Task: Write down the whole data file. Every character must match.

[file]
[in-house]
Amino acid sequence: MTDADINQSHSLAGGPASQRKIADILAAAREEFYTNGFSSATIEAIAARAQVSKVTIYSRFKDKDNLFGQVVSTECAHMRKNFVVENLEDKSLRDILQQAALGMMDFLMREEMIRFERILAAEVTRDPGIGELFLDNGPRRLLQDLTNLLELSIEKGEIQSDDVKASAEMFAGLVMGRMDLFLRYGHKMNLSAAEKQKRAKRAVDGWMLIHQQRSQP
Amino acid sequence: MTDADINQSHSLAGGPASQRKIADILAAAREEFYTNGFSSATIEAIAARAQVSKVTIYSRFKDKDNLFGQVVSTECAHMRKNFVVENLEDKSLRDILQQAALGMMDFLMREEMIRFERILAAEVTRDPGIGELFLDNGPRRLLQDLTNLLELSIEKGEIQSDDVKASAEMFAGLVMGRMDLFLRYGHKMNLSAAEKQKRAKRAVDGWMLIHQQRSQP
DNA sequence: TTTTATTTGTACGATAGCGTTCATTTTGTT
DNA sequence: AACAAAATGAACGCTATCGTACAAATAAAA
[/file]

[in-house]
Amino acid sequence: MTDADINQSHSLAGGPASQRKIADILAAAREEFYTNGFSSATIEAIAARAQVSKVTIYSRFKDKDNLFGQVVSTECAHMRKNFVVENLEDKSLRDILQQAALGMMDFLMREEMIRFERILAAEVTRDPGIGELFLDNGPRRLLQDLTNLLELSIEKGEIQSDDVKASAEMFAGLVMGRMDLFLRYGHKMNLSAAEKQKRAKRAVDGWMLIHQQRSQP
Amino acid sequence: MTDADINQSHSLAGGPASQRKIADILAAAREEFYTNGFSSATIEAIAARAQVSKVTIYSRFKDKDNLFGQVVSTECAHMRKNFVVENLEDKSLRDILQQAALGMMDFLMREEMIRFERILAAEVTRDPGIGELFLDNGPRRLLQDLTNLLELSIEKGEIQSDDVKASAEMFAGLVMGRMDLFLRYGHKMNLSAAEKQKRAKRAVDGWMLIHQQRSQP
DNA sequence: TTTTATTTGTACGATAGCGTTCATTTTGTT
DNA sequence: AACAAAATGAACGCTATCGTACAAATAAAA